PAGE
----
and downright inaccuracies - are the sum total of all that this
Government has to offer its people. To say that a public inquiry
will "only tell us what we already know" is ridiculous.
As becomes clearer and clearer every day, new information emerges
in books and in the media about what the security services knew,
what they may have hidden, what they didn't share with each other,
foreign security services, Special Branch, the police, the whole
network of whispers and intelligence and information that is shared
or not shared - and whether this system has become dangerously
politicised. After the Iraq WMD dossier, there are suspicions
that this is so, and even the ISC report stated that communication
between agencies such as the security services and police needed
to improve. Forest Gate shows we are not there yet.
As to whether the inquiry will take "too
long", well, if you wait 30 years as with the Bloody Sunday
Inquiry, yes, it probably will. But the Government has held many
inquiries since coming into power, and most of them have not taken
too long, nor cost much more than £20 million. And if terrorism
is so important that we are prepared to shred the fabric of the
constitution, to imprison without charge, to arrest peaceful protesters
and to make all citizens carry biometric ID cards, then surely
it is worth a few million to draw all the learnings from this
so-far unique atrocity - especially as we are told to expect many
more like it?
Saville Inquiry: Investigated Bloody Sunday
shootings by the Army in Londonderry in 1972. Cost: £168million.
Phillips Inquiry: Probed handling of the
BSE crisis. Cost: £26million.
Shipman Inquiry: Looked at how GP Harold
Shipman was able to murder his patients. Cost: £21 million.
Bristol Royal Infirmary Inquiry: Report
on how 30 heart-patient children died at the hospital. Cost:
Paddington Rail Disaster Inquiry: Set up
after deaths of 31 people in train collision in 1999. Cost:
MacPherson Inquiry: Probed police attitudes
to race following the murder of black teenager Stephen Lawrence.
Mubarek Inquiry: Investigated death of
Zahid Mubarek by racist cellmate at Feltham Institution. Cost:
Diana Inquiry: Looked at claims that the
Princess was murdered. Cost: £2million.
Bichard Inquiry: Aimed to discover how
Soham killer lan Huntley became a school caretaker, despite
a history of sex offence allegations. Cost: £2million.
Investigated events leading up to the suicide of British military
scientist Dr David Kelly at the height of the row over Iraq's
WMD. Cost: £1.7million.
It is a disgrace to talk about cost, when
there is enough money to get the PM a private jet, to run John
Prescott at £2million a year and to squander billions on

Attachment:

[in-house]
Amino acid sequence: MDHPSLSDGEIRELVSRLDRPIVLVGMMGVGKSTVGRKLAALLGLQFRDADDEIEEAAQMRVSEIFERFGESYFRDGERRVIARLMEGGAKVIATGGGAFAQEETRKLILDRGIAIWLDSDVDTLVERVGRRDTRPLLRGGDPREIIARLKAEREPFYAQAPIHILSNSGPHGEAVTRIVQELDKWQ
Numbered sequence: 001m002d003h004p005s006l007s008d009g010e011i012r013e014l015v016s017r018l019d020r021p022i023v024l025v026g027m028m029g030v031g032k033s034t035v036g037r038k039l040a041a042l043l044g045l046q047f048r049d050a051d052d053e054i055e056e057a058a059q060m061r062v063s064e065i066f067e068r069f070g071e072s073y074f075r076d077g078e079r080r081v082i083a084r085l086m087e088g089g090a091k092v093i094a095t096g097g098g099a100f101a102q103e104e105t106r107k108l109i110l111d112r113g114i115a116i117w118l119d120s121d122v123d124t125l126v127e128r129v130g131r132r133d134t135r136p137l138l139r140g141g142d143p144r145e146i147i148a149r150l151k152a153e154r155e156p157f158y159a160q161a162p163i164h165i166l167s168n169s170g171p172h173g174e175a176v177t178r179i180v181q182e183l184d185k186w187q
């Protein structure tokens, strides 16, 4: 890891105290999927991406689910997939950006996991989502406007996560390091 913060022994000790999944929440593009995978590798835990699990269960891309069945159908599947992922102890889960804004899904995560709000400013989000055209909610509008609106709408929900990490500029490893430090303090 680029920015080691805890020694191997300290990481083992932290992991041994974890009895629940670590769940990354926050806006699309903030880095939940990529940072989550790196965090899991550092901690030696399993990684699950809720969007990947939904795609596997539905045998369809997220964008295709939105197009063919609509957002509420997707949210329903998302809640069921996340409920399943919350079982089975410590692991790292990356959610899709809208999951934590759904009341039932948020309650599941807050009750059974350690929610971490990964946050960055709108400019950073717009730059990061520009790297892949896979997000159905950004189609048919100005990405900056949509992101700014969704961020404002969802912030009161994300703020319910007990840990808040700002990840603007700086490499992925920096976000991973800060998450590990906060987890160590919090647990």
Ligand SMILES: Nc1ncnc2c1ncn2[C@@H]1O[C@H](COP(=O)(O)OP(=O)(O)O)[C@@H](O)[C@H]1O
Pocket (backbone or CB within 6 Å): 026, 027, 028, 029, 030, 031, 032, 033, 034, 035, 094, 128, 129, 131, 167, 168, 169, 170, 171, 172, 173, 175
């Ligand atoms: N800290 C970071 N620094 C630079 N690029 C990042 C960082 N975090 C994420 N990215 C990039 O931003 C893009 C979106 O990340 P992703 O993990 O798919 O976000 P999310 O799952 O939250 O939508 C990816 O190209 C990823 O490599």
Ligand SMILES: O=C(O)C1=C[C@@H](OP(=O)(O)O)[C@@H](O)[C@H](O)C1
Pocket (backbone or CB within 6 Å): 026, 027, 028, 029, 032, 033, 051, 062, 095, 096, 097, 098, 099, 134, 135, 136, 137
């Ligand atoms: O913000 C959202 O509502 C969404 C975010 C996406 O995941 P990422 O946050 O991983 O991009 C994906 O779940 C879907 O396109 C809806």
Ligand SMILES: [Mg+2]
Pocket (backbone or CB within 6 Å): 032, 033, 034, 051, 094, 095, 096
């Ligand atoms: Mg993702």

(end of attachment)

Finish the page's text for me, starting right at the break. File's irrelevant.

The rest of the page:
ID cards, which will not stop fraud, nor identity theft, and certainly
wouldn't have stopped the July 7 bombers, whom I understand were
careful to look into CCTV cameras and to carry ID. Khan had 3
of the 4 carry his ID, so keen did he seem to be to achieve his
posthumous fame as a martyr.
And as to whether it will divert resources,
Sir lan Blair has said he will not stand in the way of an inquiry
if it happens. The US managed to hold the 9/11 commission whilst
in the midst of the war on terror and whilst fighting a war in
Give us our independent inquiry, I say. There
is so much that could be gained from it. Understanding, clarity,
answers. Debate, dialogue. actions, learnings, things that could
save lives. And I think, hope, and healing. Whilst conspiracies
flourish, they can only add to the sense of victimhood and rage.
Whilst the Government refuses to defend its foreign policy, many
will suspect that is because it fears it will be proved to be
instrumental in the radicalisation not only of Shehzad Tanweer,
who said as much in his video released on July 6, but of unknown
hundreds of thousands more would-be 'martyrs", here and abroad.
Whilst it is speculated that the police and security services
do not communicate, trust will evaporate and with it, our best
hope of intelligence and help from all the communities and people
of Britain. As we are told so many times, with ID cards, if you
have nothing to hide, then you have nothing to fear.
Bring it on Mr Blair. Defend your legacy
from what will be said about you, that it was all about Iraq,
that Iraq was a mistake, and that you will not admit or examine
your mistakes, even if people’s limbs are torn off as they
travel to work by terrorists who cite your policy as justification
for their wicked acts. A good leader, a good manager learns from
successes and failures and is strong enough to won both. He looks
to his legacy as well as to the people in his care, and he has
courage and compassion and confidence enough to engage in dialogue
and to answer the people in the front line.
Grasp the nettle, Mr Blair, I beg you, let
the questions be asked and do not shrink from the answers. However
uncomfortable they may be, you have your job, your loved ones,
your health and future still. There are hundreds who do not. So
many questions about your policies come together in the aftermath
of the questions we still ask a year after 7th July. So let the
questions be asked, and let them be answered publicly, transparently,
independently. That might be a legacy to be proud of. And it is
no less than all of us, who take the tubes and buses, who walk
the streets of this country, who pay the taxes, who cast the votes,
need and deserve.